Little information is available on the etiology and prevalence of viruses other than influenza viruses causing influenza-like illnesses (ILIs) in China. This study was conducted for simultaneous detection and identification of 14 respiratory viruses in Huizhou using real-time PCR. In total, viruses were detected in 48.66 % of ILI patient samples, in which influenza virus (19.98 %) was the most commonly detected, followed by rhinovirus (7.46 %), human coronaviruses (3.63 %), human metapneumovirus (3.06 %), parainfluenza virus (3.06 %), respiratory syncytial virus (2.39 %), adenovirus (2.29 %), and human bocavirus (1.43 %). Co-infections occurred in 5.35 % of all tested specimens and 11.00 % (56/509) of infected patients. Children under 5 years and adults older than 60 years were more likely to have one or more detectable viruses associated with their ILI (OR=1.75, 95 % CI: 1.37; 2.23). Influenza virus was detected during each month of each year, and increased viral activity was observed in 2013. Infections with adenovirus and human metapneumovirus had characteristic seasonal patterns. No significant differences were found in positive the rate between the gender groups, while significantly differences in positive rate were found among the different age groups ( P -value<0.001). This study confirmed that multiple respiratory viruses may circulate concurrently in the population and play an important role in the etiology of ILI. The most frequent symptoms associated with respiratory viruses were sore throat, rhinorrhea and headache. This information needs to be considered by clinicians when treating patients presenting with ILI, and it could serve as a reference for government officers when designing and implementing effective intervention plans.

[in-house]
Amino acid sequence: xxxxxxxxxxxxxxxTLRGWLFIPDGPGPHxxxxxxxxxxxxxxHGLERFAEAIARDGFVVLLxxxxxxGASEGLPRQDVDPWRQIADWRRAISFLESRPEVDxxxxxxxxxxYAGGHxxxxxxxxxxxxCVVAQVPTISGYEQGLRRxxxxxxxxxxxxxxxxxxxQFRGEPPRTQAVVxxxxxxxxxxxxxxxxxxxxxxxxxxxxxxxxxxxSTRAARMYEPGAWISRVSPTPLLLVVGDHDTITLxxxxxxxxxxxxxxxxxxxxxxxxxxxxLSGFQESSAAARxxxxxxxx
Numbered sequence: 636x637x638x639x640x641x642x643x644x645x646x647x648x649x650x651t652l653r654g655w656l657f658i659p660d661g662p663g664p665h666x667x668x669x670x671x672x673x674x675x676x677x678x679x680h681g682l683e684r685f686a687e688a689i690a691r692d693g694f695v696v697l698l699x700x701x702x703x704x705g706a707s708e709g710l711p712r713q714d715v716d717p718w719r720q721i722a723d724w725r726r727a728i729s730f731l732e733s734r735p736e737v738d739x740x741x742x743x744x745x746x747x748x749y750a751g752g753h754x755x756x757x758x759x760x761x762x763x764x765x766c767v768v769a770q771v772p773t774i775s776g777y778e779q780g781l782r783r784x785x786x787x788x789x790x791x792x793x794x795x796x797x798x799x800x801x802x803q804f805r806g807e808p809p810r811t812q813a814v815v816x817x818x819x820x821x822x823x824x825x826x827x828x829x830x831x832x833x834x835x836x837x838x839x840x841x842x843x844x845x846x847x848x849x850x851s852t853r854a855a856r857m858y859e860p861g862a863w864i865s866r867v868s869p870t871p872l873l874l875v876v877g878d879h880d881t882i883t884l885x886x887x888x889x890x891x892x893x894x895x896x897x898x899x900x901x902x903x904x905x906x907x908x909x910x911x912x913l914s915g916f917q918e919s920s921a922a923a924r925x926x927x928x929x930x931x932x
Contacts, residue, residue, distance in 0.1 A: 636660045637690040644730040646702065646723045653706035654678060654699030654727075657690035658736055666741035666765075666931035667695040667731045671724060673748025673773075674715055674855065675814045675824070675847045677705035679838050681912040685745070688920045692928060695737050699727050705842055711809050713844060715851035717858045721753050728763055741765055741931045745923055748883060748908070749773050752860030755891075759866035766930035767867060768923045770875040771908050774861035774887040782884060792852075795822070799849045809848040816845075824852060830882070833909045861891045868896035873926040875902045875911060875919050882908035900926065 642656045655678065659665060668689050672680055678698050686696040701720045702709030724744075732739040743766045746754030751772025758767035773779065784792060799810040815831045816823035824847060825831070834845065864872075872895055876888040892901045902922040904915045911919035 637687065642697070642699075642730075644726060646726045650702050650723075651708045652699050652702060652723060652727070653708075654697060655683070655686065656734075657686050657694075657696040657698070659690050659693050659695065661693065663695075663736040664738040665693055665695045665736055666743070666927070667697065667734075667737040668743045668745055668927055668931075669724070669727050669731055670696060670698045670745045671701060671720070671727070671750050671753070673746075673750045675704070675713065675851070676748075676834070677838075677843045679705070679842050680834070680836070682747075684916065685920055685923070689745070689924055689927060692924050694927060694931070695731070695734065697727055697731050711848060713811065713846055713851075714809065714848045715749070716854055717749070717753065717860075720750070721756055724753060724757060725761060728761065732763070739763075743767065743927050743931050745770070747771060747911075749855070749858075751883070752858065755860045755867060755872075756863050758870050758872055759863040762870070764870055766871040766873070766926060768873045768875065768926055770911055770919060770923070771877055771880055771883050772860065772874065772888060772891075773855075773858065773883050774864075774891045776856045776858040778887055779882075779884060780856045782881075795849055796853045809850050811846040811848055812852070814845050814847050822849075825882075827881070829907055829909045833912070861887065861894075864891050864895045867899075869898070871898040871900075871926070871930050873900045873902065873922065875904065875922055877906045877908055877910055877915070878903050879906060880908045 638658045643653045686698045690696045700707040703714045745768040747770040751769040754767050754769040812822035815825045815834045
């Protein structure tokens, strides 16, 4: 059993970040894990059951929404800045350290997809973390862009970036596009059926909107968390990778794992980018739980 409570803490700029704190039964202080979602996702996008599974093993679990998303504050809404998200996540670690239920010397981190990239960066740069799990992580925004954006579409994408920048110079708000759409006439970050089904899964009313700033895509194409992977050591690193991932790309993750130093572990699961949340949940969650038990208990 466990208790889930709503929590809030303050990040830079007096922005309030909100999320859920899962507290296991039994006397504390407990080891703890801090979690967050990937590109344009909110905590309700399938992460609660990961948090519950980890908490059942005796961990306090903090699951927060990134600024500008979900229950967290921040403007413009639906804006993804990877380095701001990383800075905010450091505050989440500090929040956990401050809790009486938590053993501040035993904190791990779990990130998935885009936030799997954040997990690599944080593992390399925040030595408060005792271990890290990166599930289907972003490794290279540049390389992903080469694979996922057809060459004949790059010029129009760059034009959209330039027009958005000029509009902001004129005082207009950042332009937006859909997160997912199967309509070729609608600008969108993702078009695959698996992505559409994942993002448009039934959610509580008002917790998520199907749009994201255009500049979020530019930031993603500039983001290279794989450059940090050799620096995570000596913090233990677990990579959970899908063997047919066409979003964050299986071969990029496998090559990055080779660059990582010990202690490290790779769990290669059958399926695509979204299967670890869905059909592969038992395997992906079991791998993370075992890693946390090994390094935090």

Archives of Virology – Springer Journals
Published: Aug 1, 2014
It’s your single place to instantly
discover and read the research
that matters to you.
Enjoy affordable access to
over 18 million articles from more than
15,000 peer-reviewed journals.
All for just $49/month
Query the DeepDyve database, plus search all of PubMed and Google Scholar seamlessly
Save any article or search result from DeepDyve, PubMed, and Google Scholar... all in one place.
All the latest content is available, no embargo periods.
“Whoa! It’s like Spotify but for academic articles.”@Phil_Robichaud